How Can We Help Users Improve Security?

Maybe we should rename CIA. I don’t mean the government agency by that name. I’m risking heresy by saying that the tired old acronym CIA for Confidentiality, Integrity, and Availability isn’t sacred text. We talk about CIA in Learning Tree’s System and Network Security Introduction course. Let’s take a critical look at it here.

improve security

I’ve read that the CIA acronym for information security was a hasty last-minute addition to a presentation that promised to be overly boring. Adding “Triad” makes it sound even more important. Kissingerian, even, as if it’s part of a strategic arms treaty.

“CIA Triad” has become a shibboleth, a special saying that signals your membership in an exclusive community. If you wear an adequately conservative suit and conservative haircut, and you say “CIA Triad” in the appropriately grim way, why, you must be on the side of Law and Order and any problem is due to those pesky users.

We Must Stop Blaming Users

One huge problem with cyber security is the trend of blaming users for being in unwinnable situations. Many systems frustrate users with horrible interfaces and unsatisfiable requirements.

The policy requires long and complex passwords everywhere. “You must use at least two special characters”, the system says. “Oh, except not that special character!” Other systems have different fussy rules about which special characters are allowed. Some systems complain about where they appear within the password. “Use one, but don’t start with one!”

Having finally satisfied one system’s requirements, it’s on to the next. Every online identity must have a unique password.

Why? Because so many sites inappropriately store passwords as plaintext. We users don’t know which sites, or when they will be hacked, so we must limit risk exposure through unique passwords.

And, of course, every password must be changed frequently. Oh, and you only get three chances to type it. If you forget or mistype, you will be locked out.

There is no way that users can deal with this.

Maybe the users discover KeePassX. But they are immediately told, “That is free and open-source software, and so you must not use it!”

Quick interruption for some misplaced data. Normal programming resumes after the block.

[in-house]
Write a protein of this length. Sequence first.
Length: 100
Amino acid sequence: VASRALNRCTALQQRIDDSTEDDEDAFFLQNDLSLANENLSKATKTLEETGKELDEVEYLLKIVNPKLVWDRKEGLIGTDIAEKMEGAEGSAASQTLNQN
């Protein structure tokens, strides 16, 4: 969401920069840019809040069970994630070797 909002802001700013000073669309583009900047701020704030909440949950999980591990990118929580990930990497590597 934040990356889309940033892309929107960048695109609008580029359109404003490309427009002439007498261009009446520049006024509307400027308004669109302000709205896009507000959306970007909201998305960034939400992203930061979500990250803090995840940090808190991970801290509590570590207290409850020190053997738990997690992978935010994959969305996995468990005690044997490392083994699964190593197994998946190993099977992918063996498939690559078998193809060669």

So, the users start writing down all those complex passwords. Then a physical inspection finds the notes and puts a stop to that.

Now the cyber security system has carried out a complete denial-of-service attack against the users.

Project managers complain that their programmers can’t work because they’re always locked out. The cyber security staff puts on their most serious face to talk about the CIA Triad being the crucial protection against the Russian mob and the Chinese military. If those users quit complaining and applied their fear of nation-state attacks to their memorization work, we might have a chance.

There has to be a better way!

We Have Trained Users to be Insecure

For many people, e-mail is little more than a mechanism for forwarding attachments and web page links. No one wants to type literal content. That’s a lot of work! Besides, Microsoft Office can make really pretty documents. Beautiful fonts, colors, background patterns, clip art, etc.

Users have been trained to always open the attachments and click on the links because that’s where the information resides.

And when they click on hostile content and links? “Those sloppy users shouldn’t do that!”

How Can We Help the Users to be More Secure?

We must do exactly that. Help the users.

Some of this requires better user interfaces. I’m seeing a lot of discussion of UI/UX, the User Interface, and the User Experience. Let’s call them buzzacronyms as they aren’t words. System design must support cyber security through improved UI/UX.

Then we have to help the users in a way that they recognize as help. Quit creating policies that punish users for being humans.

Describe things in non-threatening ways. “We want to help you to protect your data” instead of “You have to be careful or else our system will be attacked.”

Involve the Users

Get them involved. They have a stake. Involvement requires understanding.

The term “CIA Triad” sounds unnecessarily exclusive. The effort to associate it with elite levels of government has succeeded. Users get the message that it’s nothing for them. In fact, maybe it’s inappropriate for them to know anything about it. Maybe they should try to ignore it.

Helping Users Understand

I think that CIA should be replaced by PAR, standing for Privacy, Accuracy, and Reliability. That would help users understand it. They would realize that cyber security directly helps them. And, they would better understand what to do and why.

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